The skin is a very large, extensive and extremely important organ. In humans, it is 15% of body weight, in the animals up to 24% (12-24%). Performs a number of important functions including protection, regulatory and secretory functions. Constitutes a barrier separating both the body from the environment, and it communicates with it.

  • It is a mechanical protective barrier against environmental factors, physical stimuli, chemical and biological.
  • Regulates the balance of water and electrolyte.
  • Adjusts the internal temperature of the body, among others, ensured by features of the vascular bed and hair coat.
  • Receives sensory stimuli, has touch receptors, temperature, pain and itching receptors.
  • Has secretory function – sebaceous glands, sweat and perfumes.
  • Participates in the synthesis of vitamin D.
  • Produces keratin structure, i.e. hairs / fur and nails / claws.
  • Performs the function of mechanical and chemical barrier against microorganisms, bacteria and fungi.
  • Performs immune function, providing local immunity (Langerhans cells – dendritic cells presenting the antigen).
  • Contains dye cells (melanocytes) – determines the color of skin and hair.

Skin is composed of three basic layers – from the outside:

Epidermis – five layers of epidermis (from the outside: cornified layer, clear/translucent layer, granular layer, spinous layer, basal/germinal layer).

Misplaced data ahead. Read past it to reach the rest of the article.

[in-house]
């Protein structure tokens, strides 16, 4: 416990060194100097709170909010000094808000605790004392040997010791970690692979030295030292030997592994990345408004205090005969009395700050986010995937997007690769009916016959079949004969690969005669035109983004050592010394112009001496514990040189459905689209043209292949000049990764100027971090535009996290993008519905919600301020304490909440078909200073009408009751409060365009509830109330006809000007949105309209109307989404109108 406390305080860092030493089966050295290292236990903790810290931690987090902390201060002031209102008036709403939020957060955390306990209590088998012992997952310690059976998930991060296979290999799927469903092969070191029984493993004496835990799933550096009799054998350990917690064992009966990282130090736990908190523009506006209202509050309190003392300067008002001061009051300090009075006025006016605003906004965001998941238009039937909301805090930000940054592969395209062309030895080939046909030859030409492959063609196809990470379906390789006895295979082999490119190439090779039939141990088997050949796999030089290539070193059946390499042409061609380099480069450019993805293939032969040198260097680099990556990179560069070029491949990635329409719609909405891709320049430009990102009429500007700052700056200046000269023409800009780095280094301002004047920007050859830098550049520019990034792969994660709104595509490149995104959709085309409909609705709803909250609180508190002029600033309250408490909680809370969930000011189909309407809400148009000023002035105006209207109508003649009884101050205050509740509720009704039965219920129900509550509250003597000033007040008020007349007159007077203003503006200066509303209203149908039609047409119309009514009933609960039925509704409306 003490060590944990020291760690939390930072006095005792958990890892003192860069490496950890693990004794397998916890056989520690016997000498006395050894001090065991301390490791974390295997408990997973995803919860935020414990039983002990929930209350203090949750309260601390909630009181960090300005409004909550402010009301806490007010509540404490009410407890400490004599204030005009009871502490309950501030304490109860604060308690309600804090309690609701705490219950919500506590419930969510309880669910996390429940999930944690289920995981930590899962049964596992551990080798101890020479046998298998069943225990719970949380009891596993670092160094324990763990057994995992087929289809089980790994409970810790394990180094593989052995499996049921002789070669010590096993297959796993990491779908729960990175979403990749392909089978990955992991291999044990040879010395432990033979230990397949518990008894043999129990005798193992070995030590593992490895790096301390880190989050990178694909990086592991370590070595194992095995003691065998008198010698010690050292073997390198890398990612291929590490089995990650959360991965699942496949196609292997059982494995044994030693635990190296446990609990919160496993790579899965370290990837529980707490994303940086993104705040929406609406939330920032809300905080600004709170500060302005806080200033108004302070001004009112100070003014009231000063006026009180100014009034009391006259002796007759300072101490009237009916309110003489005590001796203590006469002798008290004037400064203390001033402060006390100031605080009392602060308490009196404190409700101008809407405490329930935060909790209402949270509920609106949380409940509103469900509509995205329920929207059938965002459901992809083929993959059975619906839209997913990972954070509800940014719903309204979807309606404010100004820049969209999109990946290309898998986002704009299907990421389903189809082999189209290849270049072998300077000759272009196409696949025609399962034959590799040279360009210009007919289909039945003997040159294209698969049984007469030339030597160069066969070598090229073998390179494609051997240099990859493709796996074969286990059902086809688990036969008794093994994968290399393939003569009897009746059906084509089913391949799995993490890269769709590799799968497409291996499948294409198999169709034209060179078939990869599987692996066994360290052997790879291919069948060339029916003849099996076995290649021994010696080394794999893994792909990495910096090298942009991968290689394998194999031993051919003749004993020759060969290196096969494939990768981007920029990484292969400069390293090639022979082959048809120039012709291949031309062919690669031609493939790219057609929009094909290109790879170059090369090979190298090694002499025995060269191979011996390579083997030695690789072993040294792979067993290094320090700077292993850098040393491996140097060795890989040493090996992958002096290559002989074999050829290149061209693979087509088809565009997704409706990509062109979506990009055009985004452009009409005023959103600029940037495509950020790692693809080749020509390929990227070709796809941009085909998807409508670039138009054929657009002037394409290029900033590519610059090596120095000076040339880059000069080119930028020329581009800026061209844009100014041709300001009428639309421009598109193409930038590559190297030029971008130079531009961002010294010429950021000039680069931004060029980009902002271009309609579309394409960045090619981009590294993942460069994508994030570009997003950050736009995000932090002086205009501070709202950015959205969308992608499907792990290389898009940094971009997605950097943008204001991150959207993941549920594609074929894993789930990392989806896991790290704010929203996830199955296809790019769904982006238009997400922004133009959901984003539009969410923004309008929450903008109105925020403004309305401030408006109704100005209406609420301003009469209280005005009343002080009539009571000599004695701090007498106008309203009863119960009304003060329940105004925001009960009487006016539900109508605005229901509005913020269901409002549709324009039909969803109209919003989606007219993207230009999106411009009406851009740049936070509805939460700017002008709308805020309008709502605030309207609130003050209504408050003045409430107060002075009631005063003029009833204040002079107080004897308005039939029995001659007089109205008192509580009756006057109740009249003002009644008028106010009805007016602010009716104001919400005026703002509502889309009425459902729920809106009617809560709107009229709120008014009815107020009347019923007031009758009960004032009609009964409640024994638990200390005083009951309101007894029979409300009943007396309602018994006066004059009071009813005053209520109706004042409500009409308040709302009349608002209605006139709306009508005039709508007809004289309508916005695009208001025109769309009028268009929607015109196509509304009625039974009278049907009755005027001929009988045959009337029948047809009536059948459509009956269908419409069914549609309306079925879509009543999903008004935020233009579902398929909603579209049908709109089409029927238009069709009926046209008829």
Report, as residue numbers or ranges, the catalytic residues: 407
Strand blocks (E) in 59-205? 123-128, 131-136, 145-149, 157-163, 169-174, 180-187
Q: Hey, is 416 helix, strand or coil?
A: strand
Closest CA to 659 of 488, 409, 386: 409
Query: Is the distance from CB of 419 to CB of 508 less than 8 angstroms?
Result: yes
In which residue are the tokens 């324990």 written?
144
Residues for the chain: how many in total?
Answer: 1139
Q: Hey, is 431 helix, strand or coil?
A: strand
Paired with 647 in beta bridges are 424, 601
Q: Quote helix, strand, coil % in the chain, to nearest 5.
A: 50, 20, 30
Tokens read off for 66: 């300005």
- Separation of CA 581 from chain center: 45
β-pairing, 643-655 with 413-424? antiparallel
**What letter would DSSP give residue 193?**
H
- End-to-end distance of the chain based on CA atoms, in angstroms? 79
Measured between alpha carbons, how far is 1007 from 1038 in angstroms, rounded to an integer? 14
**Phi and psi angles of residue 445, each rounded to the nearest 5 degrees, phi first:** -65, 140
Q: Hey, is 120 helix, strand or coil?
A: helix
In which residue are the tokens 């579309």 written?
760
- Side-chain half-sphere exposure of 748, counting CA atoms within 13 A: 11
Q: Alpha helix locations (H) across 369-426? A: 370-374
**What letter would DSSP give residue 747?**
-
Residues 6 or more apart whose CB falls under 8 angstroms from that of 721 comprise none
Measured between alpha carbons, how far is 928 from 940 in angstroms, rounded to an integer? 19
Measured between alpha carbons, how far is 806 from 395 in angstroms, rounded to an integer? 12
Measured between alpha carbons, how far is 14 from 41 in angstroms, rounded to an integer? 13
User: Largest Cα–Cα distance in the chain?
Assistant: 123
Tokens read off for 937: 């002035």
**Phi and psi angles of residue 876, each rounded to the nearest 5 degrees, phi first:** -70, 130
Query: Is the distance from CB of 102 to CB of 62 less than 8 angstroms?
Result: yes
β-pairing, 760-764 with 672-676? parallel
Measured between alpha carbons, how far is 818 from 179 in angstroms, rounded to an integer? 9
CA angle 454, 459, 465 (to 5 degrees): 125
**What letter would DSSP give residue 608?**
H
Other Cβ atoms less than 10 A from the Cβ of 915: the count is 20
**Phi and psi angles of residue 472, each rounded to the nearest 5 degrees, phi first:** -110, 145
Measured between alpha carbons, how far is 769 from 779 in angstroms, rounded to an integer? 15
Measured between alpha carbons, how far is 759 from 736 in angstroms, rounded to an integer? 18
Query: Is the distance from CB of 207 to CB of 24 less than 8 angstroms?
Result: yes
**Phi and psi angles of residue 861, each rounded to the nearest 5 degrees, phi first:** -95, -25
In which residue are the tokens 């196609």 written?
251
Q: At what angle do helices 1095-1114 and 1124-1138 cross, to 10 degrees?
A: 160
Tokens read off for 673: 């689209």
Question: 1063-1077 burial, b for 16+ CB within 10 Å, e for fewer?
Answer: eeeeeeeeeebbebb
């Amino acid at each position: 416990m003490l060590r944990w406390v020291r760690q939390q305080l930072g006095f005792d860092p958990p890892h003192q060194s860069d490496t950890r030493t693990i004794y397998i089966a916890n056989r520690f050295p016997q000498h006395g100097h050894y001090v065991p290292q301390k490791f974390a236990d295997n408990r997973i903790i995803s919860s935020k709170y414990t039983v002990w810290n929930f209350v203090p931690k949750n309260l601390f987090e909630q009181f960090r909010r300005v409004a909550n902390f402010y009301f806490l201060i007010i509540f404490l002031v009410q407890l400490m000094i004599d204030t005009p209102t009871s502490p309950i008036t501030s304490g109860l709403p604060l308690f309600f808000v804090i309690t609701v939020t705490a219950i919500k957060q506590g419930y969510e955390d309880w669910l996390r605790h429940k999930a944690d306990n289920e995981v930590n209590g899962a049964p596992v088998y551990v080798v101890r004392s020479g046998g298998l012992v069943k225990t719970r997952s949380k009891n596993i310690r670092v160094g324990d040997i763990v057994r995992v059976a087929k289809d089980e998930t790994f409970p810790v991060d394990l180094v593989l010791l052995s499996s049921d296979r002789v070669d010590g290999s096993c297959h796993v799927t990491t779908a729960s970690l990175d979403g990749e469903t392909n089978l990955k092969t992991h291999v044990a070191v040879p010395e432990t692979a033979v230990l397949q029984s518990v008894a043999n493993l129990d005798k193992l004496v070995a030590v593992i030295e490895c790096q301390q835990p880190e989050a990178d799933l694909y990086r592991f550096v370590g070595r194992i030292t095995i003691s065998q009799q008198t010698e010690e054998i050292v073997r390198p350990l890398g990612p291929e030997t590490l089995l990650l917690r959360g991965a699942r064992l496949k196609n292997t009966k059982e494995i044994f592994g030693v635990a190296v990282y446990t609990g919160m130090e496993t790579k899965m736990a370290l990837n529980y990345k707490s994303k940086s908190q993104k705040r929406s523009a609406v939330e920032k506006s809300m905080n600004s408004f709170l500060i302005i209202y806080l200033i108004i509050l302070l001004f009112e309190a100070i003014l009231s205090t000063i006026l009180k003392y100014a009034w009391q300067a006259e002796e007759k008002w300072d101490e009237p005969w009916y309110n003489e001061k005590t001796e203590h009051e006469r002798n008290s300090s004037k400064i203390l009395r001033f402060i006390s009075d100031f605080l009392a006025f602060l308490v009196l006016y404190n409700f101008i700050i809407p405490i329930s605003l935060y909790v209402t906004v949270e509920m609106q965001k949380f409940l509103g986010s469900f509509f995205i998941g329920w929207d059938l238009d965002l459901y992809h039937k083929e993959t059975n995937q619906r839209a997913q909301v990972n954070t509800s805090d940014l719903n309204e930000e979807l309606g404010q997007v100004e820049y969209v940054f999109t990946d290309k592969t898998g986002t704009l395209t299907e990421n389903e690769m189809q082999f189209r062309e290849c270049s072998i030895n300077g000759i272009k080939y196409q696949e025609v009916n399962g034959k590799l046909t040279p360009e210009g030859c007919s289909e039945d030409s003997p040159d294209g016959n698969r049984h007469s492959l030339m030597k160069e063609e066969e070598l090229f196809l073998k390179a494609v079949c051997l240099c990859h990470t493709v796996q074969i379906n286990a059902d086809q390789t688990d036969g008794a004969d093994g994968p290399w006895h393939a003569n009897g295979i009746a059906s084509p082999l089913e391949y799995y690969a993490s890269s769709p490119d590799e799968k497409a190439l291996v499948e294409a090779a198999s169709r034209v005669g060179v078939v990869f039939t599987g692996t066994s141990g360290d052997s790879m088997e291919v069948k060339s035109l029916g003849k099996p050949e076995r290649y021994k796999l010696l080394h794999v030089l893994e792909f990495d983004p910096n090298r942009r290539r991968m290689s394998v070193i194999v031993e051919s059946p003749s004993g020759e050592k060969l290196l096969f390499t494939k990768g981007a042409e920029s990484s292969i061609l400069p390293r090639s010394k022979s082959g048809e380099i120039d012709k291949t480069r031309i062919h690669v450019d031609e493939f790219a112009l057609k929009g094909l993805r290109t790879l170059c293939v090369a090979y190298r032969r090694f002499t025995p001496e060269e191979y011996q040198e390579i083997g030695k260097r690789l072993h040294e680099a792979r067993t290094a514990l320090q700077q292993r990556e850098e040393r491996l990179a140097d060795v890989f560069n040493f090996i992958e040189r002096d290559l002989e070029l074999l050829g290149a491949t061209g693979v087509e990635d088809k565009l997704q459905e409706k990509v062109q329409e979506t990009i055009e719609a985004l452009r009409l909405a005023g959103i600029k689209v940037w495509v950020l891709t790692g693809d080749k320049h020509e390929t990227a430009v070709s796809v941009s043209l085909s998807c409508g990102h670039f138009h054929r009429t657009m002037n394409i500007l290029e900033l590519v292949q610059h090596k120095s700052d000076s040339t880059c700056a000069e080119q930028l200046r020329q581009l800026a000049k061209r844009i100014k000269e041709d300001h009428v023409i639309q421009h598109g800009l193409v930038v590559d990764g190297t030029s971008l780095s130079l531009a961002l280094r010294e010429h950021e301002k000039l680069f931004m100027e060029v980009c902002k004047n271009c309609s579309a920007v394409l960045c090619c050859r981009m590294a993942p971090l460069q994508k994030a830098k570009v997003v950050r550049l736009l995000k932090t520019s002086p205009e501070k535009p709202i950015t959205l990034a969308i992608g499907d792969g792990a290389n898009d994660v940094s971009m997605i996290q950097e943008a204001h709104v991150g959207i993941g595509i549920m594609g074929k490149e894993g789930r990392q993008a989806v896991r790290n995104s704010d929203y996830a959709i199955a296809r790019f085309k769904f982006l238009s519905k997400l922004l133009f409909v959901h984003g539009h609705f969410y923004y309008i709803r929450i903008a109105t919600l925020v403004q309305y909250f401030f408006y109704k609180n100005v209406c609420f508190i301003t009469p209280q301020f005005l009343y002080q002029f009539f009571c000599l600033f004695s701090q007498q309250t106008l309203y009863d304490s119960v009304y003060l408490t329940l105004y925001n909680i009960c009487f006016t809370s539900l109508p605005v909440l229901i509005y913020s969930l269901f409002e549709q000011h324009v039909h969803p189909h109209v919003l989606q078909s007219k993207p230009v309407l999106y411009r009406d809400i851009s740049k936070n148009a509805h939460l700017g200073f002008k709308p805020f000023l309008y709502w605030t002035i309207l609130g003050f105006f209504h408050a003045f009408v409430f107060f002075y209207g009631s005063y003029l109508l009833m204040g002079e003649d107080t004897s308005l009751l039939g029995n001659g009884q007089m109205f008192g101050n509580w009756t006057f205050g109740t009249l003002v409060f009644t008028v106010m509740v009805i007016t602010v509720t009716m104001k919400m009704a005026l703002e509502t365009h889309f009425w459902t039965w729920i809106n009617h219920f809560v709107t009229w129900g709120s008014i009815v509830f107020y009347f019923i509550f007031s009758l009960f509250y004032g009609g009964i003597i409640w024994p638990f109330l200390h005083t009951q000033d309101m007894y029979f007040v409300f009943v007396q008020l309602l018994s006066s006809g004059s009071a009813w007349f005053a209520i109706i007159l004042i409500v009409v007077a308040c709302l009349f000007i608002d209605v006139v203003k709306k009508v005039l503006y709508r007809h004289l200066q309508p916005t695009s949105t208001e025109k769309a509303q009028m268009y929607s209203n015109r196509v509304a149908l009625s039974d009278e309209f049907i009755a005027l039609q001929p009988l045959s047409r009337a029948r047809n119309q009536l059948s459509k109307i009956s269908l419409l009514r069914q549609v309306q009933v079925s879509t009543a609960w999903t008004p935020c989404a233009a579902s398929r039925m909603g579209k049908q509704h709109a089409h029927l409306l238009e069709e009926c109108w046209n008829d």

Hypoderm – subcutaneous tissue.

Each of these layers has a fixed functionality, although some of them contained in them structures (e.g. the sweat glands, hair follicles or sebaceous) penetrates the layers. The skin of the ears, lips, eyelids or the pads differs from the structure of the skin covering other parts of the body, eg. Merkel cells are located only in the skin of tips of paws.

The epidermis undergoes constant manufacturing processes and exfoliates any dead cells. Performs a number of important functions, ensures the continuity and integrity of the skin, produces keratin structures, i.e. hairs / fur and nails / claws. In the epidermis are located, among others, pigmentary cells (melanocytes), dendritic cells (Langerhans cells – immune processes) receptors of pressure and pain (Merkel cells) and openings of sebaceous glands, sweat glands, hair follicles and odoriferous glands. The epidermis is covered with a coat of fat and lipid (epidermal emulsion), which is responsible, among others, for the maintenance of an adequate level of acid-base balance of the skin (pH). This layer is also responsible for the hydration of the skin.

Dermis. In this layer, there is a series of functionally specific structures: the sebaceous glands, the sweat glands, scent glands, hair follicles and blood vessels, lymphatic vessels and nerves penetrating the layers of the epidermis and the so-called arrector pili muscle, responsible for “ruffling” of fur. In the dermis are embedded hair and nails. In this layer of the skin are cells of the immune system: macrophages, dendritic cells, basophils, and other cells like fibroblasts affecting, inter alia, proliferation of cells of the stratum corneum or mast cells involved in allergic reactions.